These four steps, implemented along with technology tools, can foster motivation and build literacy skills.

1. Model– Teachers must model fluent reading to students on a daily basis. For younger students, echo reading is beneficial. Allow students to repeat a short phrase after hearing the teacher read it. Simple recording tools on your classroom mobile device can  provide opportunities for echo reading. Using your tablet’s recording feature, simply record a passage for students to play and echo. Try a Digital Storytelling site such as Storybird. Write stories with your students and read them aloud. Invite a local author or storyteller to read to your class via a Skype session, or even invite older students to read to younger classes through Skype.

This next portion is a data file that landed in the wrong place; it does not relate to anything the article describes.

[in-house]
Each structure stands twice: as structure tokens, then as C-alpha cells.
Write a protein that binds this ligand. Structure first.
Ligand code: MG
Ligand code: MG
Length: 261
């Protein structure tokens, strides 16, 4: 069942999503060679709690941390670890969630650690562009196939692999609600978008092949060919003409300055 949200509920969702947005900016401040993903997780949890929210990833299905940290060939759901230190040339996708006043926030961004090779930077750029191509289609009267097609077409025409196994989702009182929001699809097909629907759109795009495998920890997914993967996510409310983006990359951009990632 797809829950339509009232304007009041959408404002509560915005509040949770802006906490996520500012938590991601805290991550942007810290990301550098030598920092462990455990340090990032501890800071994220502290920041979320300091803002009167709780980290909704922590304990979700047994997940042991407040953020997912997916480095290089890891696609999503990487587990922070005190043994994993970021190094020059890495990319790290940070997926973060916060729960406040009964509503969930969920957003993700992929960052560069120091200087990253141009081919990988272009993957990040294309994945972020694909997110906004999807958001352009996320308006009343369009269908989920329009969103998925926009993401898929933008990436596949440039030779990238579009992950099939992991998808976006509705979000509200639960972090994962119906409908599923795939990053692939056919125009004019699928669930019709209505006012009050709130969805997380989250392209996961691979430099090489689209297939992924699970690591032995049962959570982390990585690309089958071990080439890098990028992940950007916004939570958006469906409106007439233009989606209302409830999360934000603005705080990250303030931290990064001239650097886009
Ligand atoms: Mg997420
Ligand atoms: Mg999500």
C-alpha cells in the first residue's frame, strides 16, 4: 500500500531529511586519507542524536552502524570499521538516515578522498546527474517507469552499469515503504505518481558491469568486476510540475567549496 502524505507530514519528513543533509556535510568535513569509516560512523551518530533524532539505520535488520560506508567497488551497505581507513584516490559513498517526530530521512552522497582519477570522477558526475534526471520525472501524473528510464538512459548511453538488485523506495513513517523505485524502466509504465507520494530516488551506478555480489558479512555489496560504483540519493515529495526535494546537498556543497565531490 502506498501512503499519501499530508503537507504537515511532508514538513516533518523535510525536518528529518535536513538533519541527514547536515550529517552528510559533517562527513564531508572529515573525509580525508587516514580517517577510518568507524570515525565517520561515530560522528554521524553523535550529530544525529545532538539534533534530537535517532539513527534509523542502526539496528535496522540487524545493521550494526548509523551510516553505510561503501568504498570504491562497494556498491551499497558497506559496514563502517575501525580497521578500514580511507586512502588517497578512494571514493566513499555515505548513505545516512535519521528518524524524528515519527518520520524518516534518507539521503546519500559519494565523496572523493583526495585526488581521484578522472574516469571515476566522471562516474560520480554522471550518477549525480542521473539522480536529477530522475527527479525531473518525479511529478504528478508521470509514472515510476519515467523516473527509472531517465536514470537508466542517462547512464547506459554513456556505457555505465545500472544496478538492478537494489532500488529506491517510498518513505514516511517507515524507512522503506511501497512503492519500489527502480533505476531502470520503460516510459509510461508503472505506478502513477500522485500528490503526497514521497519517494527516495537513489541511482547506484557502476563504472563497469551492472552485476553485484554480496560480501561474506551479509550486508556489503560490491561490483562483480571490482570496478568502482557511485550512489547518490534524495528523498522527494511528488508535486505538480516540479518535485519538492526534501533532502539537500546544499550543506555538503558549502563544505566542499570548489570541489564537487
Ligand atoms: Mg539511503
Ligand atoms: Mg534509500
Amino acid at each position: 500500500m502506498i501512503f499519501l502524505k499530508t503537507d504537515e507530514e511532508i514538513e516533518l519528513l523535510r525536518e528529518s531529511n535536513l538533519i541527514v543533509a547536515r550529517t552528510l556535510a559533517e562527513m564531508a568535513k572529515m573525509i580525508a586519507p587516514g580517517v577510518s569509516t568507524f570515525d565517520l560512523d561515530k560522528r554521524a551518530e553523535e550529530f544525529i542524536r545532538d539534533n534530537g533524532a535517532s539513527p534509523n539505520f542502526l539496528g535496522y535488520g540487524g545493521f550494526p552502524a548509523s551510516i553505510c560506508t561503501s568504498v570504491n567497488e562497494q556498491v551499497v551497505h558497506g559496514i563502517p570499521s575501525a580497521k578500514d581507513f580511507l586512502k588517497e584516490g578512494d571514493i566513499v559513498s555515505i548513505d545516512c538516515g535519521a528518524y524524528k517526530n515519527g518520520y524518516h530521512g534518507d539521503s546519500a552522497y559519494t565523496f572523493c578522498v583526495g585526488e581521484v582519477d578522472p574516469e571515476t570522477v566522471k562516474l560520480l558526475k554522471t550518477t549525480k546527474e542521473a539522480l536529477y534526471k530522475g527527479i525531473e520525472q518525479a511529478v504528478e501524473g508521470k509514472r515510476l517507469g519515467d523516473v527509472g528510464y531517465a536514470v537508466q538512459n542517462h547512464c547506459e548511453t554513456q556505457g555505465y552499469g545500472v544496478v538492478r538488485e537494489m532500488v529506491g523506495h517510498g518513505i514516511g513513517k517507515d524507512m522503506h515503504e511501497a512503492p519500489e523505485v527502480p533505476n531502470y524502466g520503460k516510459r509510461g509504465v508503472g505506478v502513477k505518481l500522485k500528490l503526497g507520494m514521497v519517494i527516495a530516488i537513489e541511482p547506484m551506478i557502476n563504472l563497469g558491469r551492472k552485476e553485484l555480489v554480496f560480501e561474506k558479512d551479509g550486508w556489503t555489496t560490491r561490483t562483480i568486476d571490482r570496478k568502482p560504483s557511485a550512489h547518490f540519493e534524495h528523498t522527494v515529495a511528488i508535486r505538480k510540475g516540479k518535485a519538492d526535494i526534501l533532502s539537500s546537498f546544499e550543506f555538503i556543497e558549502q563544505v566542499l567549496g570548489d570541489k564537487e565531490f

Vocaroo is an online voice recording tool that allows the user to record and share audio content via the web.

2. Practice– Allow students ample time to read and reread passages. Using recording tools such as Vocaroo, or Voki, students can record themselves reading a passage and play the audio back to determine errors and words read per minute. Voki allows students to choose an avatar and give it a voice through a simple recording feature. The participatory nature of blogging promotes both reading and writing practice. Students enjoy reading their peers’ posts and providing feedback. Kidblog is an ideal blogging platform for the classroom setting.

3. Help– Teachers must foster self-correction and self-questioning skills by constantly monitoring student reading. Listening to children read should be done in a small group setting, or ideally on a one to one basis. A classroom set of mobile devices allow students to send the teacher audio clips of short read alouds.